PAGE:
What Is A Community Cat?

No matter where you are, community cats probably live among you. Community cats are unowned cats who live outdoors in virtually every landscape on every continent where people live. Like pet cats, they belong to the domestic cat species (Felis catus). However, community cats, also called feral cats, are generally not socialized—or friendly—to people. They live full, healthy lives with their feline families (called colonies) in their outdoor homes. Trap-Neuter-Return TNR is the only humane, effective approach to community cats, and it helps them and the communities where they live.

Community Cats are at Home Outdoors

Cats living outdoors is nothing new. For most of their natural history, cats have lived outside alongside people. Evidence shows cats began living near people over 10,000 years ago, before the pyramids were built! It wasn’t until very recently, with the invention of kitty litter in the 1940s, that so many cats began living indoors only. Community cats are truly at home outdoors, just as countless cats have been for thousands of years.

Community Cats are Healthy

Community cats thrive in their outdoor homes. They are used to living outdoors and are naturally skilled at finding shelter and food all on their own. Studies show community cats are just as healthy as pet cats, with equally low disease rates. Community cats also live just as long as pet cats.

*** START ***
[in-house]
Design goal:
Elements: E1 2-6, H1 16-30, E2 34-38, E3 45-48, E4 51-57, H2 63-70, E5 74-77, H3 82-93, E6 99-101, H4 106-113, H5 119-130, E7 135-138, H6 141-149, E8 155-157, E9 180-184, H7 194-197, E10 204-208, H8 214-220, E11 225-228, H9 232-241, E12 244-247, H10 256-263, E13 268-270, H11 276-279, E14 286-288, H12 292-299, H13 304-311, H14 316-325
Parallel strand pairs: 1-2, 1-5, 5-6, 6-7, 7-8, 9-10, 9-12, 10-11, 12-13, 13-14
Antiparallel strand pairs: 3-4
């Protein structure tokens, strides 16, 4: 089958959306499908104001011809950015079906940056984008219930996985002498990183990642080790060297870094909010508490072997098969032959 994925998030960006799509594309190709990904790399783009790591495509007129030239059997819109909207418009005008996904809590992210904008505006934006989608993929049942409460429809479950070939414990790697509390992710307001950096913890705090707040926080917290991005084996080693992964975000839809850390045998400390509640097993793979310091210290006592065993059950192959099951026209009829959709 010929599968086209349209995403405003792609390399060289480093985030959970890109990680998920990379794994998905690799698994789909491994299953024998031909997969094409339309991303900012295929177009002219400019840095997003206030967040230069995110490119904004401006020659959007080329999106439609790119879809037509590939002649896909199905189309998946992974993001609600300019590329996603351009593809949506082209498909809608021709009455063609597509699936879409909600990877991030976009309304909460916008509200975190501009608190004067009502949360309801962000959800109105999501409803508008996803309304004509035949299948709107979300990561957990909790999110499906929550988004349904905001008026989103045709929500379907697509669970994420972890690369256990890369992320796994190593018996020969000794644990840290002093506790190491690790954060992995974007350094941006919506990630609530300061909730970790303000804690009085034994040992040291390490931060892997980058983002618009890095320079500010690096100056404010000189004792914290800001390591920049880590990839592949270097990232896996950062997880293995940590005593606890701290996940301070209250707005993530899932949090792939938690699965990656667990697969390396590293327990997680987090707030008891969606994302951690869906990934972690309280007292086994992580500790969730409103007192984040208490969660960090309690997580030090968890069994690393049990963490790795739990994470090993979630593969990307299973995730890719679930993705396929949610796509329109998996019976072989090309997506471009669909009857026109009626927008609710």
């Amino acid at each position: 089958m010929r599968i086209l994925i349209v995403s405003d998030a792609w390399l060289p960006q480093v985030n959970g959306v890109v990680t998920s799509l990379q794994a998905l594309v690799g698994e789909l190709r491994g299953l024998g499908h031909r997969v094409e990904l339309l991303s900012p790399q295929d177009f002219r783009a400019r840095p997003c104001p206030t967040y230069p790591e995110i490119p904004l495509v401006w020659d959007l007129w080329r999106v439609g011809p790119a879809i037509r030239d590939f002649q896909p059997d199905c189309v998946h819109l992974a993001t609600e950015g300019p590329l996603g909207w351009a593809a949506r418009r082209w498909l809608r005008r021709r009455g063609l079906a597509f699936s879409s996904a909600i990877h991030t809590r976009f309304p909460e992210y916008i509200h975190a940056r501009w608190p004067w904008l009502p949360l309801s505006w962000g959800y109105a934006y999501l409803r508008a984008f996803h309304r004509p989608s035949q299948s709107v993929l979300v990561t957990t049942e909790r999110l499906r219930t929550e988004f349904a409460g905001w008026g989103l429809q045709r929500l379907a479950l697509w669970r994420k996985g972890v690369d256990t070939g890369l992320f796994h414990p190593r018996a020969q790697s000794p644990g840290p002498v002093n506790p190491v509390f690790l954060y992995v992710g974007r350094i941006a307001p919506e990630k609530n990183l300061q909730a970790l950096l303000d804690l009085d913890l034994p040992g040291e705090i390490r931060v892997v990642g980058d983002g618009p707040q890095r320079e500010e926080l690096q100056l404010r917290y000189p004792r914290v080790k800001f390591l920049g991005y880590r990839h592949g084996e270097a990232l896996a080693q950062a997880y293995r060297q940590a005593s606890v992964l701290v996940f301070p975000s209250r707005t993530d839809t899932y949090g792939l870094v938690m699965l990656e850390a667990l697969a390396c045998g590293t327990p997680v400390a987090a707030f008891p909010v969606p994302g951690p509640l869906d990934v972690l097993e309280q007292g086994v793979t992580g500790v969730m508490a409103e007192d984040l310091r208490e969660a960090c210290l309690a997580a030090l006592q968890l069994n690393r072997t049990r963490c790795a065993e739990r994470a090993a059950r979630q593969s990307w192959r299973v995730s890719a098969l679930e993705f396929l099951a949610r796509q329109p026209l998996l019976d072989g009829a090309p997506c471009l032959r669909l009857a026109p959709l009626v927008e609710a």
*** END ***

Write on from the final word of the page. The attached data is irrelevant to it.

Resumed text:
Community Cats are Safe Members of the Community

Community cats are not a threat to public health. Since community cats aren’t friendly to people and avoid contact, it is almost impossible for them to transmit diseases. Science shows community cats don’t spread diseases like rabies and toxoplasmosis, and cats rarely carry germs that make people sick.

Community Cats Have a Place in the Natural Environment

Cats have coexisted outdoors with wildlife for thousands of years. Reliable science shows that cats are part of our natural ecosystem and do not significantly impact wildlife populations. As animal lovers, we want what is best for all animals. That means we must address the true threats to all species: human-lead activities like habitat destruction and pollution.

Community Cats Can’t Live Indoors

Community cats are generally not socialized, or friendly, to people. That means they are unable to live indoors with people, and are therefore un-adoptable. Community cats should not be taken to shelters because, nationwide, 70 percent of cats in shelters are killed. That number rises to virtually 100 percent for community cats. The only humane and effective approach to community cats is TNR, and more and more communities and shelters are embracing it through Shelter-Neuter-Return (SNR) and Return to Field (RTF) programs.

Trap-Neuter-Return Helps Cats and the Community

In a Trap-Neuter-Return program, community cats are humanely trapped, brought to a veterinarian to be spayed or neutered, vaccinated, parasite treated and LEFT ear-tipped (the universal sign that a cat has been part of a TNR program), and then returned to their outdoor homes. TNR helps community cats by relieving them of the stresses of mating and breeding, and protecting them from diseases. Communities benefit from TNR because it reduces and stabilizes community cat populations, saves tax-payers’ dollars, helps shelters focus on adoptions, and provides a humane and collaborative way to address concerns and coexist with cats.